Responsible livestock management requires investing time in reading and researching ways to improve upon what you are already doing. Not long ago I was reading an article on the topic of pasture management and to paraphrase what I read: “A good livestock producer is little more than an expert in grass.” Horticulture has never been one of my strong points, but we are making strides to make our wonderful pasture and even better and more productive environment for our animals.
Last year, towards the end of the season, our flock had grown and they were close to running out of healthy pasture and eating what they had to the ground. We made plans over the winter to improve on this and in the Spring embarked on the first phase of our pasture management program by fencing in several more acres to give the sheep access to a healthier rotation of grass. The result has been very positive and the sheep have had plenty of grass this year.
The issue we have run in to this year is that with so much rain, the grass has grown, and grown, and grown some more. So much so that in some of the pastures the grass is so tall that you can’t see the sheep! This may not seem an issue at first thought, but there are two major concerns, at least for us:
My initial and immediate response was to take the mower to the field and cut the tops off the grass. The problem was that with so much rain this year the grass grew much faster than I had the time to manage in this way. As we continued to read about this subject, we stumbled onto some articles mentioning the benefit of grazing cattle and sheep on the same pasture. Here are some of those articles:
We have really wanted to focus on our sheep production and thought long and hard about the financial, labor and other inputs required by adding cattle to our little operation. After much research, we made the decision to give it a try. If it does result in a positive experience, so much the better. If not, we are in Texas after all and we could actually earn a little extra from adding a small cattle operation.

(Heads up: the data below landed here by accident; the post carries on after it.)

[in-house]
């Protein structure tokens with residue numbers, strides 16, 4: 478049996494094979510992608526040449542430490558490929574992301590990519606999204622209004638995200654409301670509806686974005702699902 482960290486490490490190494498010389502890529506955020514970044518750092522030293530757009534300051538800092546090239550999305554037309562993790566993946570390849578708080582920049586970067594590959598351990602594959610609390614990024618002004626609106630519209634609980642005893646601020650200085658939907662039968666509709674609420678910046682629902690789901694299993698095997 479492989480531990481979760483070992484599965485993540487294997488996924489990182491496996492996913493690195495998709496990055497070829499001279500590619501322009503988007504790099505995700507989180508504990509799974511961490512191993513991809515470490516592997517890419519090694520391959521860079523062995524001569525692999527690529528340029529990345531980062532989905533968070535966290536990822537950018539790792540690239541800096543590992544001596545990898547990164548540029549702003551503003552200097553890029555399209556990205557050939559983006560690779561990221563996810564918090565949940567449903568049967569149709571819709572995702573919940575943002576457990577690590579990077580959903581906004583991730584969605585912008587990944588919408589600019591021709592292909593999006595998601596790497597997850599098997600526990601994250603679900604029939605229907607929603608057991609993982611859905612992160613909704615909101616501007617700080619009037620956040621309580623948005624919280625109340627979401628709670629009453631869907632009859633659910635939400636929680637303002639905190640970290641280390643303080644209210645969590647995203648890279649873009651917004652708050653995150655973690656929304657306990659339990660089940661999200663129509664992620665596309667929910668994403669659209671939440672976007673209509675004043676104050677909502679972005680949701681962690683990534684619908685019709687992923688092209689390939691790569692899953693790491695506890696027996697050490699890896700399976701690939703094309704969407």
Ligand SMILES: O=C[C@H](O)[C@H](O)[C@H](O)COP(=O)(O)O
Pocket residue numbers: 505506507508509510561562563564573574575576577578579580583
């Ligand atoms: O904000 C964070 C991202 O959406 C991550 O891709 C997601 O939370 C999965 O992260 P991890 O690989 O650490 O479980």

We researched several breeds and settled on the British White. This past Saturday we spent the better part of the day driving through scenic Texas byways to a wonderful little ranch and picked up our first heifer (a young female cow that has not produced offspring). We let her into our pasture and she immediately began working on our little experiment.
The donkeys and the dogs weren’t quite sure what to think about the new arrival, but they are quickly adapting to their new reality. Ada (our new cow) spent the better part of the night and morning rather far away from the barn and other animals, but by lunch time she had already come up to me and eaten a few cattle cubes from my hand. I already think she has found a place in our hearts and makes a great addition to Whirl’d Works Farm.
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I’ve been fascinated by the “pasture mix” made on the farm over at The Kitchens Garden. She mixes so many interesting things together to sow in pastures for her pigs. I’m not sure if it translates well to your livestock our plans, but thought I’d share another source of possible learning that I’d stumbled upon. 🙂
I wonder if the cows will also help protect from predators. We kept a llama with our flock when I was a child. We didn’t lose any lambs to the coyote after adding the llama.
Thank you for stopping by! Yes, I’m pretty sure the cows will help with the predators as well. Pasture improvement is definitely high on our list, but there is a pretty steep learning curve. We don’t have the best soil here, mostly sandy loam, but we’re slowly getting the upper hand.